The Commonwealth counters that this claim is not reviewable because the trial court in fact did not deny appellant's motion to dismiss for pre-trial delay, but instead appellant abandoned the claim. The Commonwealth argues that, after a pre-trial investigation, appellant abandoned the motion to dismiss, and accordingly, the trial court never ruled upon the motion. In the alternative, the Commonwealth argues that appellant had good reason to abandon the issue because he was not prejudiced by the delay and the delay was not caused by bad faith on the part of the Commonwealth. In this regard, the Commonwealth notes that the testimony appellant alleges he would have introduced if the trial had occurred earlier was merely cumulative of evidence which was later presented at trial, i.e., other witnesses testified that appellant had attempted to rescue his children from the fire. Moreover, the Commonwealth contends that appellant's claim is speculative because he fails to show how the additional evidence would have aided his defense. Further, the Commonwealth argues that it did not act in bad faith because it did not intentionally delay appellant's arrest to gain some tactical trial advantage, but rather, arrested him as soon as it had reason to believe (through Sussman-Dougherty's account of appellant's confessions) that he not only purposely set his house on fire, but did so with the specific intent to kill his children. As for the admissibility of Sussman- Dougherty's accounts of appellant's admissions to her, the Commonwealth notes that this account was used (and used properly) only to support a determination of probable cause to arrest appellant and, therefore, its admissibility or inadmissibility at trial is irrelevant to the question of bad faith.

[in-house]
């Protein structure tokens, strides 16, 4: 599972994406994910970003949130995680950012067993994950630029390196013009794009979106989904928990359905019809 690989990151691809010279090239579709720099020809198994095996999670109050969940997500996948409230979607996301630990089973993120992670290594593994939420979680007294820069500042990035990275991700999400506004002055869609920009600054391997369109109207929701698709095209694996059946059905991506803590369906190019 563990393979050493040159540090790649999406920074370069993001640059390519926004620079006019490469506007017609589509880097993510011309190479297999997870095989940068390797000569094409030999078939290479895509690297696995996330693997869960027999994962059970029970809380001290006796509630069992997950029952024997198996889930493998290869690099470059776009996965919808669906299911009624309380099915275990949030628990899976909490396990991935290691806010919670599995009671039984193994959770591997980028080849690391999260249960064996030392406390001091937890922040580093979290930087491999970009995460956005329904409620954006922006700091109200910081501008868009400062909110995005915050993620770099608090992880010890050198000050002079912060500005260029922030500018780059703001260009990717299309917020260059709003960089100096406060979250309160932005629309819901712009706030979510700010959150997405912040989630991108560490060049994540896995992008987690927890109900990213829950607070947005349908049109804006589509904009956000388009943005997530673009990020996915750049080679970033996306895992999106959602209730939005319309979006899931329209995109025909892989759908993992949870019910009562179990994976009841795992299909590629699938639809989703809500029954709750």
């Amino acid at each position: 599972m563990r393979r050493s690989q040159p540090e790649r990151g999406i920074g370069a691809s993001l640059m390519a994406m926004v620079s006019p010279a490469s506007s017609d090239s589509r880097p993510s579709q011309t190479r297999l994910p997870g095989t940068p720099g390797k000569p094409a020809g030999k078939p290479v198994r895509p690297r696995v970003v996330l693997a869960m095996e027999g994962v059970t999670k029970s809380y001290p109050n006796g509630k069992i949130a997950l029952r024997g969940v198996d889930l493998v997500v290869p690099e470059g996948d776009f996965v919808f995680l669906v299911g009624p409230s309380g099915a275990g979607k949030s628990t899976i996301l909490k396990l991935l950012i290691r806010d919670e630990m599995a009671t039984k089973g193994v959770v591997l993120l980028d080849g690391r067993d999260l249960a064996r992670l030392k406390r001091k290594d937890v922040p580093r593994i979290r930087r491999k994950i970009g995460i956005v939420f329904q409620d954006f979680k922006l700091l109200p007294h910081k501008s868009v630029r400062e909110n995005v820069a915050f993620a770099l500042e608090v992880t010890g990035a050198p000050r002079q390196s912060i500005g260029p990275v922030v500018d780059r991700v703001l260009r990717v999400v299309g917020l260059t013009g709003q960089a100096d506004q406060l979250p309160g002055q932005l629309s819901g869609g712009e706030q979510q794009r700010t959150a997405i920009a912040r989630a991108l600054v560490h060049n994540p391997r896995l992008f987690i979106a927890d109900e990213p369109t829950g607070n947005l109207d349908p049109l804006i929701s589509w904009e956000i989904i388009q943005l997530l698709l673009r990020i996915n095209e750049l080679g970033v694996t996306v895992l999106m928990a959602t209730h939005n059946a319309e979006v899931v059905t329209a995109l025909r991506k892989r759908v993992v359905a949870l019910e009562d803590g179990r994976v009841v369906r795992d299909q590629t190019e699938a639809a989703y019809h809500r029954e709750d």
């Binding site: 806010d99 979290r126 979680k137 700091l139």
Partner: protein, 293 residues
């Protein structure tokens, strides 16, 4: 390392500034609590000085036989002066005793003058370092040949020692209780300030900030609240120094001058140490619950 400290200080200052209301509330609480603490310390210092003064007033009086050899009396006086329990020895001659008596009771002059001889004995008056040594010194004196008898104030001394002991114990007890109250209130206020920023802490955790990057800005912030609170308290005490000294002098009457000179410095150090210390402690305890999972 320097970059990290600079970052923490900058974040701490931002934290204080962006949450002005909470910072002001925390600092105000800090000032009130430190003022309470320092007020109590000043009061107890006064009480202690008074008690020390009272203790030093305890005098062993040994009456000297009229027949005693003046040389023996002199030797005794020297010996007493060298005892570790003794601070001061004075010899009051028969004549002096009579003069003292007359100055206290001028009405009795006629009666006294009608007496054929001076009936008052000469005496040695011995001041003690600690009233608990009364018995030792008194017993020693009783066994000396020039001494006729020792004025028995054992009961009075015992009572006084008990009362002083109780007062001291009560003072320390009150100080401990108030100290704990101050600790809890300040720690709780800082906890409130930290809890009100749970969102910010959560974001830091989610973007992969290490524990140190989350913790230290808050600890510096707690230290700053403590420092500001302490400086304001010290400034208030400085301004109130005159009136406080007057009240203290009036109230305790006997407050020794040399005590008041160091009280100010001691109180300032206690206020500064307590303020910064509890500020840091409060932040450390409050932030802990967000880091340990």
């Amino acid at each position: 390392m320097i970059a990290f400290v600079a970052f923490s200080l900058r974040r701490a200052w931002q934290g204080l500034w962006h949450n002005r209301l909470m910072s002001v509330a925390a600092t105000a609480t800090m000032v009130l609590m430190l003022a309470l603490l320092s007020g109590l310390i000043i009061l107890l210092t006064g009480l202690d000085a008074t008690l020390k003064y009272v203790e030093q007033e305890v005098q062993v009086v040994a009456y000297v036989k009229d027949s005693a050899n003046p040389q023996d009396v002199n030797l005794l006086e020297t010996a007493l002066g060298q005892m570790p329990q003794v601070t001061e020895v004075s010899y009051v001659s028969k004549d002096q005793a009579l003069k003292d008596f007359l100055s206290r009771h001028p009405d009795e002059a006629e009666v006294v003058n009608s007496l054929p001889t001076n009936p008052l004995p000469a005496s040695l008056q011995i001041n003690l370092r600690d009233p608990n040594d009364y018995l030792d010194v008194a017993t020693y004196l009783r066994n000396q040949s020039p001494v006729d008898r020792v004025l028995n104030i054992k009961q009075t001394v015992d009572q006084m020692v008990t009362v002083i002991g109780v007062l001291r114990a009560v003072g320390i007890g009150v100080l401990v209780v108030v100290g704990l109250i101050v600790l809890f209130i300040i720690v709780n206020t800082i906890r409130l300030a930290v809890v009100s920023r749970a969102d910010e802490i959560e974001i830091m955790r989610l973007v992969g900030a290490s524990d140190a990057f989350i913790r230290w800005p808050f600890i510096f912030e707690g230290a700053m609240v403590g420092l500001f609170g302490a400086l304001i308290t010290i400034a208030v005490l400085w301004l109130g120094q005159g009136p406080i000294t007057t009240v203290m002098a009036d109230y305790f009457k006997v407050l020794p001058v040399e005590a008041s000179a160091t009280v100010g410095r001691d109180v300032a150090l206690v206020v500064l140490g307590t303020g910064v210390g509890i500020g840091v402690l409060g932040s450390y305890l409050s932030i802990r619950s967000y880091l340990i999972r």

We agree with the Commonwealth that this claim is unreviewable in its present form, even under this Court's former practice of relaxing waiver principles upon direct capital appeal. The docket and record reflect that appellant indeed moved to dismiss the prosecution on the basis of pre-arrest delay.11 Although appellant asserts that the trial court denied the motion, he cites to no support in the official record for that assertion, and this Court's review has uncovered no such ruling. There is no indication in the trial court's handwritten docket entries, or in the docket generated for purposes of appeal, that the motion was ever ruled upon. Instead, the only further record reference to the motion to dismiss is, as the Commonwealth notes, an in-chambers discussion of record on the first day of trial after the jury was selected, in which the trial court ruled upon various outstanding pre-trial issues. During that discussion, counsel for the Commonwealth noted that appellant had “raised the issue of prearrest delay, due process” but had “then waived it after investigating.” N.T. 10/2/00, at 31. Appellant's trial counsel did not dispute the record representation that he had waived the pre-arrest delay claim.